Porterian

This is my personal blog. Travel, financial and political observations. Notes to myself and my friends. Content development for my monthly newsletter, Porter Stansberry's Investment Advisory (www.stansberryresearch.com).

Monday, May 08, 2006

GILDER’S MISTAKE – NOT OURS







When I launched Stansberry Research in 1999 with the financial backing of Agora Inc. and the organizational support of The Oxford Club, George Gilder was the number one, most influential commentator on stocks.

Gilder had an Ivy-league pedigree. His father was David Rockefeller’s roommate at Harvard. When Gilder’s dad died in WWII, Rockefeller assumed the role of father figure, watching over George and helping him get ahead in the world.

When Gilder dropped out of Harvard, Rockefeller helped him get on board with the Nixon administration, where he was a copywriter (they call it a speech writer in politics.) Later he found employment with think tanks. Ronald Regan quoted him frequently. Forbes hired him as a columnist for its tech centric magazine, ASAP. And, behind this exposure he started his own newsletter firm, with several partners.

As the tech bubble took off, so did Gilder’s newsletter. By 2000 he was getting paid $70,000 to give a speech. And he could move stocks from $5 to $125 with a recommendation in his newsletter.

You could tell which stock he’d picked just by watching the ticker on CNBC. It would soar. He drew investment lemmings like rotting meat draws flies. Once a Gilder subscriber posted a recommendation of AT&T on the Gilder message board, as a joke, using Gilder’s digital signature “GG.” Everyone should have known it was a gag, as Gilder based AT&T management regularly, but some poor shmucks bought the stock anyways and threatened to sue.

Even corporate managements fell under Gilder’s spell. Motorola, for example, paid $400 million just for the right to manufacture a piece of communications equipment (“Terabeam”) that Gilder proclaimed was the Holy Grail of all of his “telecosmic” predictions. Too bad Terabeam was a flop and Motorola wrote off the entire $400 million.

In fact, all of Gilder’s predictions led to disaster. He heralded the WorldCom acquisition of MCI as the deal of the decade the wrote that WorldCom had “won” the race to the “Telecosm.” What happened in fact is that WorldCom paid far more than it could afford for MCI. The only race it won was the race to bankruptcy.

But this was all in the future when I launched Stansberry Research in 1999. Back then Gilder wasn’t a target for mockery; he was the most successful new publisher in our business.

I read Gilder’s books on economics: Wealth and Poverty and Recapturing the Spirit of Enterprise. I also read his book about Silicon Valley, Microcosm. I attended several of Gilder’s conferences, which cost $5,000 for attendees and which garnered millions of dollars in sponsorships from corporations hoping to catch Gilder’s eye and be added to his list of recommended companies. I thought Gilder’s ideas about wealth creation were right on, even if I had serious doubts about his economics and his stock picking (see below.). And I knew he’d learned a lot about silicon technologies by taking classes with famed Caltech professor Carver Mead.

I was so impressed with Gilder’s ideas and writing, I modeled my newsletters on Gilder’s. Our letters were story based and built around grand visions of the future. But…as the market changed…so did we. We cut our losses on the stocks that fell. And we wrote bear market warnings when we began to see the writing on the wall for the tech bubble in late 2000. The next year we launched a new letter, built on safe investing:  True Wealth. It’s now our biggest and best letter.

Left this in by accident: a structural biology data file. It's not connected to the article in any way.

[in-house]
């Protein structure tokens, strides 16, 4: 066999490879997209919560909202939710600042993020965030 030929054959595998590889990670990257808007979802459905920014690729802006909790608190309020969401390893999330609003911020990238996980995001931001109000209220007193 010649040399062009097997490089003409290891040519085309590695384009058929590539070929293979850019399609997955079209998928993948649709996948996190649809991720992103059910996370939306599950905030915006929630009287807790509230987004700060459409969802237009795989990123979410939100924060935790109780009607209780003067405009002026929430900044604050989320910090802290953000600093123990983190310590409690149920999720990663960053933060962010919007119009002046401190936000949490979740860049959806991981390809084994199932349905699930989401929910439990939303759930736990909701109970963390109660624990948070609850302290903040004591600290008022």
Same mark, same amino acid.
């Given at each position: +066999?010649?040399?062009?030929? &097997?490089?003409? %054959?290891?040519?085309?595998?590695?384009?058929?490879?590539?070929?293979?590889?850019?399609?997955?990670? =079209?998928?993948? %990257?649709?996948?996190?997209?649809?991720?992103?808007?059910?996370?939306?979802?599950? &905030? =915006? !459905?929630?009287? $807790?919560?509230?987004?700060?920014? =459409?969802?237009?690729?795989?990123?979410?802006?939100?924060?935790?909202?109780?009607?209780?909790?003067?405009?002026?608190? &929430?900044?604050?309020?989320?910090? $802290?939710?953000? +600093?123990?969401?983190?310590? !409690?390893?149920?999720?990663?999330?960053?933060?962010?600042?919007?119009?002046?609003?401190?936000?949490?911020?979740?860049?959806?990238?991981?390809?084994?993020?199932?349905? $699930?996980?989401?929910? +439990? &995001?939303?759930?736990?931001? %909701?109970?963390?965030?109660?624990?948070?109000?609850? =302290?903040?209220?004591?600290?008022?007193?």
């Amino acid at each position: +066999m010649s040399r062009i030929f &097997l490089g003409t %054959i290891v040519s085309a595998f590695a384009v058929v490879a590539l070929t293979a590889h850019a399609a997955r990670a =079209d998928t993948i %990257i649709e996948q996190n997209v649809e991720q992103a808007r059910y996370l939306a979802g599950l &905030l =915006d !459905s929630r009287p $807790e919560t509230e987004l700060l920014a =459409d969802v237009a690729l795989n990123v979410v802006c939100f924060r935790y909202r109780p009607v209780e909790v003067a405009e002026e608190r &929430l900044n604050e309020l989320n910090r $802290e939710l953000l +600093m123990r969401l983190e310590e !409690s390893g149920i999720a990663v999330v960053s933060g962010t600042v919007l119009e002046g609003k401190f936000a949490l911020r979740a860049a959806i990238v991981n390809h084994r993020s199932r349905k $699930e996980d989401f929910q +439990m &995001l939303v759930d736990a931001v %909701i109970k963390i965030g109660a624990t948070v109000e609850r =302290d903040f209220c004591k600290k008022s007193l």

Gilder wasn’t my only intellectual mentor. Steve Sjuggerud taught me the importance of valuation when considering securities. Bill Bonner introduced me to the Austrian school of economics, whose ideas about the risks and dangers of debt were anathema to the supply side ideas of George Gilder. In 1998 I spent a day with Kurt Richebacher, the best living Austrian economist discussing the boom in stocks. In 1999 I went to China for two weeks with Doug Casey, a speculator who’d been in the market for thirty years. He told me the end was near for the NASDAQ bubble because the same gold-stock promoters he’d avoided for years were changing the names of their shell companies from “Gold Sham” to “Sham.com.” Doug and I sat and listened to a half-crazed Vancouver promoter trying to sell us on the idea of investing in his Bike.com business, where you could buy everything you’d need for cycling. We were sitting in the lobby of an old, grand hotel in Shanghai. It was unreal. And destined to end badly.

The Wall Street Journal did a follow-up story on Gilder today “Where Are They Now: George Gilder.”

According to the Journal, Gilder’s newsletter, at its peak, had 75,000 subscribers paying $295 per year. That’s over $22 million in newsletter revenues. And I know his conferences, which pulled over 3,000 people paying $5,000 each, made millions too. According to the newsletter industry scuttlebutt, at its peak, Gilder Publishing was making close to $20 million in profits per year. It had 50 employees.

Today Gilder Publishing has three full time employees and less than 5,000 subscribers. The subscription price has fallen too, to $99. As George told WSJ: “The typical Gilder subscriber lost all his money and that made it very hard for me to market the newsletter.”

Gilder himself was rendered insolvent after he decided to buyout his partners in the publishing company, in March of 2000, at the very top of the market.  As the stocks he’d touted to absurd valuations crashed, his subscribers canceled. And, as a result, he didn’t have the money to pay his former partners.  Says Gilder, “I was as close to bankruptcy as you can get without filing.”  Gilder avoided personal bankruptcy only because his creditors were also his friends. They put a lien on house.

George Gilder went from being a multimillionaire and the single most influential commentator on stocks, to being financially destitute – all in a matter of months. His reputation has been so badly tarnished that he can’t even sell books. His latest, “Silicon Eye,” was a flop.

I think about what happened to Gilder frequently. What happened to him could have easily happened to us. Why didn’t it?